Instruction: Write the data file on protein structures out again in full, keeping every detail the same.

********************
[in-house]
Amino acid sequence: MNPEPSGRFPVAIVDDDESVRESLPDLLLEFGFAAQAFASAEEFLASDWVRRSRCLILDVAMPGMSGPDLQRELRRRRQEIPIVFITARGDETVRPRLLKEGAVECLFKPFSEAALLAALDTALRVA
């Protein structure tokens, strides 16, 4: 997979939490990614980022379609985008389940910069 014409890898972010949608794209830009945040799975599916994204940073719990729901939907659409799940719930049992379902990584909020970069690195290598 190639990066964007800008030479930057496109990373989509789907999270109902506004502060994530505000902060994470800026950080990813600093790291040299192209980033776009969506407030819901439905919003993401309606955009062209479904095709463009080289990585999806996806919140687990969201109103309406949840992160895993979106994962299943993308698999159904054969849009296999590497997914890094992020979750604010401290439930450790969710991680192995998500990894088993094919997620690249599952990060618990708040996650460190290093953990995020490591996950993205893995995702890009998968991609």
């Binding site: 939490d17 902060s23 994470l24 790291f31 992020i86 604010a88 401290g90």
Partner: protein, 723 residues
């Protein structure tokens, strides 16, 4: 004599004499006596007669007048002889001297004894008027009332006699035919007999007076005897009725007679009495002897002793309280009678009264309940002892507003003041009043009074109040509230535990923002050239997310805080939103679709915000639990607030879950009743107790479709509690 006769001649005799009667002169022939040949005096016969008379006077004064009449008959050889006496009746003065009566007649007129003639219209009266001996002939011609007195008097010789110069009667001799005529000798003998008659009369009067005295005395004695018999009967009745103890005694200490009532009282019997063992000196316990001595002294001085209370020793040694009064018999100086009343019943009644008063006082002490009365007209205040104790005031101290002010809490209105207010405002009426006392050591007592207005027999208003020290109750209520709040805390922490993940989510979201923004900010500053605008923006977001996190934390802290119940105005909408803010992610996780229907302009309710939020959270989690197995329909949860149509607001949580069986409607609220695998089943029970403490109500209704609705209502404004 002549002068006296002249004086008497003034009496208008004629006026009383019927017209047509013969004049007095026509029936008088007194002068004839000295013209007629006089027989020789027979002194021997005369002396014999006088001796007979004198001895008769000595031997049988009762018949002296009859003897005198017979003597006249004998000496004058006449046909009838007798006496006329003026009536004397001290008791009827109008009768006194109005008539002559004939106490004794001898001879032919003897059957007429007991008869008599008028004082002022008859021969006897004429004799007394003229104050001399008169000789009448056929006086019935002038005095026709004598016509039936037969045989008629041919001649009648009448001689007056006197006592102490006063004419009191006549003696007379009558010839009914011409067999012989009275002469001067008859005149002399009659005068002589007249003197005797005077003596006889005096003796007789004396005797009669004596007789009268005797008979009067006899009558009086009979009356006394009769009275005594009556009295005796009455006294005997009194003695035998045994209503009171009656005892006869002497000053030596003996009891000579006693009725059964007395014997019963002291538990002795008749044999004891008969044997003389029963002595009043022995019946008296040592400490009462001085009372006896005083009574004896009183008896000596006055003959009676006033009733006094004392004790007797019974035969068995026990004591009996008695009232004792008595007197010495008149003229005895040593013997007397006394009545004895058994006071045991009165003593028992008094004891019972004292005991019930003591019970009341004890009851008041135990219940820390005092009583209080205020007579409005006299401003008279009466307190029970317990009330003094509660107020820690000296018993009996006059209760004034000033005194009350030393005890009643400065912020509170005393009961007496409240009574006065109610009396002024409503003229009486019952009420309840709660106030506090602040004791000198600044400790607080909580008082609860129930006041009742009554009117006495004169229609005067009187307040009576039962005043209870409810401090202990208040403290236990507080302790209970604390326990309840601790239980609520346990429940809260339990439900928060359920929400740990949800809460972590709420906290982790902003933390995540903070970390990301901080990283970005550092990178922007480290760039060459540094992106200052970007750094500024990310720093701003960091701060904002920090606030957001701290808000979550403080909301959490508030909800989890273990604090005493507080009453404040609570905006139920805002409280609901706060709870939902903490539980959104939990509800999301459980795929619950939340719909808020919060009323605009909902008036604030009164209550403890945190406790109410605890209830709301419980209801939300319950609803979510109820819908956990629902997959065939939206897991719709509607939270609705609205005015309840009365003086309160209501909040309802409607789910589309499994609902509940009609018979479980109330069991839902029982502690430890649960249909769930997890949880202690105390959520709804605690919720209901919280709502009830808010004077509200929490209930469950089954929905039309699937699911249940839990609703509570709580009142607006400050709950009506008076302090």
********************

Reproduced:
[in-house]
Amino acid sequence: MNPEPSGRFPVAIVDDDESVRESLPDLLLEFGFAAQAFASAEEFLASDWVRRSRCLILDVAMPGMSGPDLQRELRRRRQEIPIVFITARGDETVRPRLLKEGAVECLFKPFSEAALLAALDTALRVA
């Protein structure tokens, strides 16, 4: 997979939490990614980022379609985008389940910069 014409890898972010949608794209830009945040799975599916994204940073719990729901939907659409799940719930049992379902990584909020970069690195290598 190639990066964007800008030479930057496109990373989509789907999270109902506004502060994530505000902060994470800026950080990813600093790291040299192209980033776009969506407030819901439905919003993401309606955009062209479904095709463009080289990585999806996806919140687990969201109103309406949840992160895993979106994962299943993308698999159904054969849009296999590497997914890094992020979750604010401290439930450790969710991680192995998500990894088993094919997620690249599952990060618990708040996650460190290093953990995020490591996950993205893995995702890009998968991609």
């Binding site: 939490d17 902060s23 994470l24 790291f31 992020i86 604010a88 401290g90």
Partner: protein, 723 residues
């Protein structure tokens, strides 16, 4: 004599004499006596007669007048002889001297004894008027009332006699035919007999007076005897009725007679009495002897002793309280009678009264309940002892507003003041009043009074109040509230535990923002050239997310805080939103679709915000639990607030879950009743107790479709509690 006769001649005799009667002169022939040949005096016969008379006077004064009449008959050889006496009746003065009566007649007129003639219209009266001996002939011609007195008097010789110069009667001799005529000798003998008659009369009067005295005395004695018999009967009745103890005694200490009532009282019997063992000196316990001595002294001085209370020793040694009064018999100086009343019943009644008063006082002490009365007209205040104790005031101290002010809490209105207010405002009426006392050591007592207005027999208003020290109750209520709040805390922490993940989510979201923004900010500053605008923006977001996190934390802290119940105005909408803010992610996780229907302009309710939020959270989690197995329909949860149509607001949580069986409607609220695998089943029970403490109500209704609705209502404004 002549002068006296002249004086008497003034009496208008004629006026009383019927017209047509013969004049007095026509029936008088007194002068004839000295013209007629006089027989020789027979002194021997005369002396014999006088001796007979004198001895008769000595031997049988009762018949002296009859003897005198017979003597006249004998000496004058006449046909009838007798006496006329003026009536004397001290008791009827109008009768006194109005008539002559004939106490004794001898001879032919003897059957007429007991008869008599008028004082002022008859021969006897004429004799007394003229104050001399008169000789009448056929006086019935002038005095026709004598016509039936037969045989008629041919001649009648009448001689007056006197006592102490006063004419009191006549003696007379009558010839009914011409067999012989009275002469001067008859005149002399009659005068002589007249003197005797005077003596006889005096003796007789004396005797009669004596007789009268005797008979009067006899009558009086009979009356006394009769009275005594009556009295005796009455006294005997009194003695035998045994209503009171009656005892006869002497000053030596003996009891000579006693009725059964007395014997019963002291538990002795008749044999004891008969044997003389029963002595009043022995019946008296040592400490009462001085009372006896005083009574004896009183008896000596006055003959009676006033009733006094004392004790007797019974035969068995026990004591009996008695009232004792008595007197010495008149003229005895040593013997007397006394009545004895058994006071045991009165003593028992008094004891019972004292005991019930003591019970009341004890009851008041135990219940820390005092009583209080205020007579409005006299401003008279009466307190029970317990009330003094509660107020820690000296018993009996006059209760004034000033005194009350030393005890009643400065912020509170005393009961007496409240009574006065109610009396002024409503003229009486019952009420309840709660106030506090602040004791000198600044400790607080909580008082609860129930006041009742009554009117006495004169229609005067009187307040009576039962005043209870409810401090202990208040403290236990507080302790209970604390326990309840601790239980609520346990429940809260339990439900928060359920929400740990949800809460972590709420906290982790902003933390995540903070970390990301901080990283970005550092990178922007480290760039060459540094992106200052970007750094500024990310720093701003960091701060904002920090606030957001701290808000979550403080909301959490508030909800989890273990604090005493507080009453404040609570905006139920805002409280609901706060709870939902903490539980959104939990509800999301459980795929619950939340719909808020919060009323605009909902008036604030009164209550403890945190406790109410605890209830709301419980209801939300319950609803979510109820819908956990629902997959065939939206897991719709509607939270609705609205005015309840009365003086309160209501909040309802409607789910589309499994609902509940009609018979479980109330069991839902029982502690430890649960249909769930997890949880202690105390959520709804605690919720209901919280709502009830808010004077509200929490209930469950089954929905039309699937699911249940839990609703509570709580009142607006400050709950009506008076302090």